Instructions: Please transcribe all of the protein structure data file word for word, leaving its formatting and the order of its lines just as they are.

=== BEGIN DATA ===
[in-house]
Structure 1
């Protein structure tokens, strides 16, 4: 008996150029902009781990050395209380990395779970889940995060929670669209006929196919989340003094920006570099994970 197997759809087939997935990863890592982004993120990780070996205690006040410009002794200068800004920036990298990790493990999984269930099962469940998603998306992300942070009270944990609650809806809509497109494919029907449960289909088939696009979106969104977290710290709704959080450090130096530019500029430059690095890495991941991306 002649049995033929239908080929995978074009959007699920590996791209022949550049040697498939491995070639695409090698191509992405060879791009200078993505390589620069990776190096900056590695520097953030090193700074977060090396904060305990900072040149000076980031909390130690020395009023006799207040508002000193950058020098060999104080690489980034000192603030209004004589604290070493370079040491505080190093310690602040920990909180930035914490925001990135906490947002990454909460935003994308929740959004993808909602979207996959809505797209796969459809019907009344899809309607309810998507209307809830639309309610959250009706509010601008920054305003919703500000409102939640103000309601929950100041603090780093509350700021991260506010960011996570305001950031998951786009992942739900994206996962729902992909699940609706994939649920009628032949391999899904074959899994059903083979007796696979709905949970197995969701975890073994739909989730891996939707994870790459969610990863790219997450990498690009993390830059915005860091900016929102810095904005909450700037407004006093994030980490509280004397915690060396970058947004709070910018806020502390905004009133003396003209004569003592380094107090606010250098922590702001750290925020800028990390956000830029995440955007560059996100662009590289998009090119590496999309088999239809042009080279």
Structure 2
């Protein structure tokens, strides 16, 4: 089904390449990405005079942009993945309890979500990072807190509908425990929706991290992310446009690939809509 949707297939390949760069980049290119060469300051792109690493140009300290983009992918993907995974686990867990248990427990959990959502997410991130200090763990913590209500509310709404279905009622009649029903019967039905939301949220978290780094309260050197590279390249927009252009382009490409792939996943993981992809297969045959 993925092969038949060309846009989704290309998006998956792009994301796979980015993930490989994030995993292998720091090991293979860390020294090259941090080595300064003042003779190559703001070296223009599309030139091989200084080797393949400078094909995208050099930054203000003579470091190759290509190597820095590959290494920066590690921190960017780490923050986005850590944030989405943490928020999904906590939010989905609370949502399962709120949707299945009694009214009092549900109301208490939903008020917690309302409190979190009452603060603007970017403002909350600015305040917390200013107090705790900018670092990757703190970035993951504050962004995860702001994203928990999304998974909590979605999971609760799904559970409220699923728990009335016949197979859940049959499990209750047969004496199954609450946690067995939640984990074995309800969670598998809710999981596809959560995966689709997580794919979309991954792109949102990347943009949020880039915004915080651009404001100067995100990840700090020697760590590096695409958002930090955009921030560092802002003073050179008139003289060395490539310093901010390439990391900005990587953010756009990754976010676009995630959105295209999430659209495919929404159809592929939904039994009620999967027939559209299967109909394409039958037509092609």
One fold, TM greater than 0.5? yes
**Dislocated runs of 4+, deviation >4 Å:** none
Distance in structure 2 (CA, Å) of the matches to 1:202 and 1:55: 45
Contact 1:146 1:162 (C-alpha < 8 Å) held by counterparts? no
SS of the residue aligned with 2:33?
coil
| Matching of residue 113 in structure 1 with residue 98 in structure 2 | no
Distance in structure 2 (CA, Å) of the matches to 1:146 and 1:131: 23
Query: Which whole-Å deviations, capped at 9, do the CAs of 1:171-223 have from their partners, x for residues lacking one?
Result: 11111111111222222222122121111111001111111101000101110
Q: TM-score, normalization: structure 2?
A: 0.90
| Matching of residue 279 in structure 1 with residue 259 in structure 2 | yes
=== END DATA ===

[in-house]
Structure 1
């Protein structure tokens, strides 16, 4: 008996150029902009781990050395209380990395779970889940995060929670669209006929196919989340003094920006570099994970 197997759809087939997935990863890592982004993120990780070996205690006040410009002794200068800004920036990298990790493990999984269930099962469940998603998306992300942070009270944990609650809806809509497109494919029907449960289909088939696009979106969104977290710290709704959080450090130096530019500029430059690095890495991941991306 002649049995033929239908080929995978074009959007699920590996791209022949550049040697498939491995070639695409090698191509992405060879791009200078993505390589620069990776190096900056590695520097953030090193700074977060090396904060305990900072040149000076980031909390130690020395009023006799207040508002000193950058020098060999104080690489980034000192603030209004004589604290070493370079040491505080190093310690602040920990909180930035914490925001990135906490947002990454909460935003994308929740959004993808909602979207996959809505797209796969459809019907009344899809309607309810998507209307809830639309309610959250009706509010601008920054305003919703500000409102939640103000309601929950100041603090780093509350700021991260506010960011996570305001950031998951786009992942739900994206996962729902992909699940609706994939649920009628032949391999899904074959899994059903083979007796696979709905949970197995969701975890073994739909989730891996939707994870790459969610990863790219997450990498690009993390830059915005860091900016929102810095904005909450700037407004006093994030980490509280004397915690060396970058947004709070910018806020502390905004009133003396003209004569003592380094107090606010250098922590702001750290925020800028990390956000830029995440955007560059996100662009590289998009090119590496999309088999239809042009080279």
Structure 2
């Protein structure tokens, strides 16, 4: 089904390449990405005079942009993945309890979500990072807190509908425990929706991290992310446009690939809509 949707297939390949760069980049290119060469300051792109690493140009300290983009992918993907995974686990867990248990427990959990959502997410991130200090763990913590209500509310709404279905009622009649029903019967039905939301949220978290780094309260050197590279390249927009252009382009490409792939996943993981992809297969045959 993925092969038949060309846009989704290309998006998956792009994301796979980015993930490989994030995993292998720091090991293979860390020294090259941090080595300064003042003779190559703001070296223009599309030139091989200084080797393949400078094909995208050099930054203000003579470091190759290509190597820095590959290494920066590690921190960017780490923050986005850590944030989405943490928020999904906590939010989905609370949502399962709120949707299945009694009214009092549900109301208490939903008020917690309302409190979190009452603060603007970017403002909350600015305040917390200013107090705790900018670092990757703190970035993951504050962004995860702001994203928990999304998974909590979605999971609760799904559970409220699923728990009335016949197979859940049959499990209750047969004496199954609450946690067995939640984990074995309800969670598998809710999981596809959560995966689709997580794919979309991954792109949102990347943009949020880039915004915080651009404001100067995100990840700090020697760590590096695409958002930090955009921030560092802002003073050179008139003289060395490539310093901010390439990391900005990587953010756009990754976010676009995630959105295209999430659209495919929404159809592929939904039994009620999967027939559209299967109909394409039958037509092609």
One fold, TM greater than 0.5? yes
**Dislocated runs of 4+, deviation >4 Å:** none
Distance in structure 2 (CA, Å) of the matches to 1:202 and 1:55: 45
Contact 1:146 1:162 (C-alpha < 8 Å) held by counterparts? no
SS of the residue aligned with 2:33?
coil
| Matching of residue 113 in structure 1 with residue 98 in structure 2 | no
Distance in structure 2 (CA, Å) of the matches to 1:146 and 1:131: 23
Query: Which whole-Å deviations, capped at 9, do the CAs of 1:171-223 have from their partners, x for residues lacking one?
Result: 11111111111222222222122121111111001111111101000101110
Q: TM-score, normalization: structure 2?
A: 0.90
| Matching of residue 279 in structure 1 with residue 259 in structure 2 | yes